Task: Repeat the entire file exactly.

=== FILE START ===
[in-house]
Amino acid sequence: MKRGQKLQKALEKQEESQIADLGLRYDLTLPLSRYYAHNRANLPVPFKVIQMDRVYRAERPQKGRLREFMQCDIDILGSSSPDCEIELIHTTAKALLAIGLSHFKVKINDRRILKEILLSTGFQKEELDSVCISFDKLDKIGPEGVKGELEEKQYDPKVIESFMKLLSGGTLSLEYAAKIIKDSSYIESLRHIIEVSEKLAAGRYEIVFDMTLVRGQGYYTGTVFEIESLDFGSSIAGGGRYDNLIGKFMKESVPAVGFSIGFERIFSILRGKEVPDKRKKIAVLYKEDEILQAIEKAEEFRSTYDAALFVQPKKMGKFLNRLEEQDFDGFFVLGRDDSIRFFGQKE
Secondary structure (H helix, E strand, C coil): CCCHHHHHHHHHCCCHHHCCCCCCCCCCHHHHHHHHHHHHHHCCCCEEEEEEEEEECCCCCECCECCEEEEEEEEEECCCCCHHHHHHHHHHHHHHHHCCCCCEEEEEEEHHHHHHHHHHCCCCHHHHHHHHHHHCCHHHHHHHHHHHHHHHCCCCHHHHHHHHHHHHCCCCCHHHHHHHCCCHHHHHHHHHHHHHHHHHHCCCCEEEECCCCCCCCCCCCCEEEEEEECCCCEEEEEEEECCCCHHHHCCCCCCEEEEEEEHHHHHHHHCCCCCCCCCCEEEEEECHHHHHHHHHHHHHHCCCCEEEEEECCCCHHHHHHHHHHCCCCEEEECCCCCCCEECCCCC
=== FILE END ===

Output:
[in-house]
Amino acid sequence: MKRGQKLQKALEKQEESQIADLGLRYDLTLPLSRYYAHNRANLPVPFKVIQMDRVYRAERPQKGRLREFMQCDIDILGSSSPDCEIELIHTTAKALLAIGLSHFKVKINDRRILKEILLSTGFQKEELDSVCISFDKLDKIGPEGVKGELEEKQYDPKVIESFMKLLSGGTLSLEYAAKIIKDSSYIESLRHIIEVSEKLAAGRYEIVFDMTLVRGQGYYTGTVFEIESLDFGSSIAGGGRYDNLIGKFMKESVPAVGFSIGFERIFSILRGKEVPDKRKKIAVLYKEDEILQAIEKAEEFRSTYDAALFVQPKKMGKFLNRLEEQDFDGFFVLGRDDSIRFFGQKE
Secondary structure (H helix, E strand, C coil): CCCHHHHHHHHHCCCHHHCCCCCCCCCCHHHHHHHHHHHHHHCCCCEEEEEEEEEECCCCCECCECCEEEEEEEEEECCCCCHHHHHHHHHHHHHHHHCCCCCEEEEEEEHHHHHHHHHHCCCCHHHHHHHHHHHCCHHHHHHHHHHHHHHHCCCCHHHHHHHHHHHHCCCCCHHHHHHHCCCHHHHHHHHHHHHHHHHHHCCCCEEEECCCCCCCCCCCCCEEEEEEECCCCEEEEEEEECCCCHHHHCCCCCCEEEEEEEHHHHHHHHCCCCCCCCCCEEEEEECHHHHHHHHHHHHHHCCCCEEEEEECCCCHHHHHHHHHHCCCCEEEECCCCCCCEECCCCC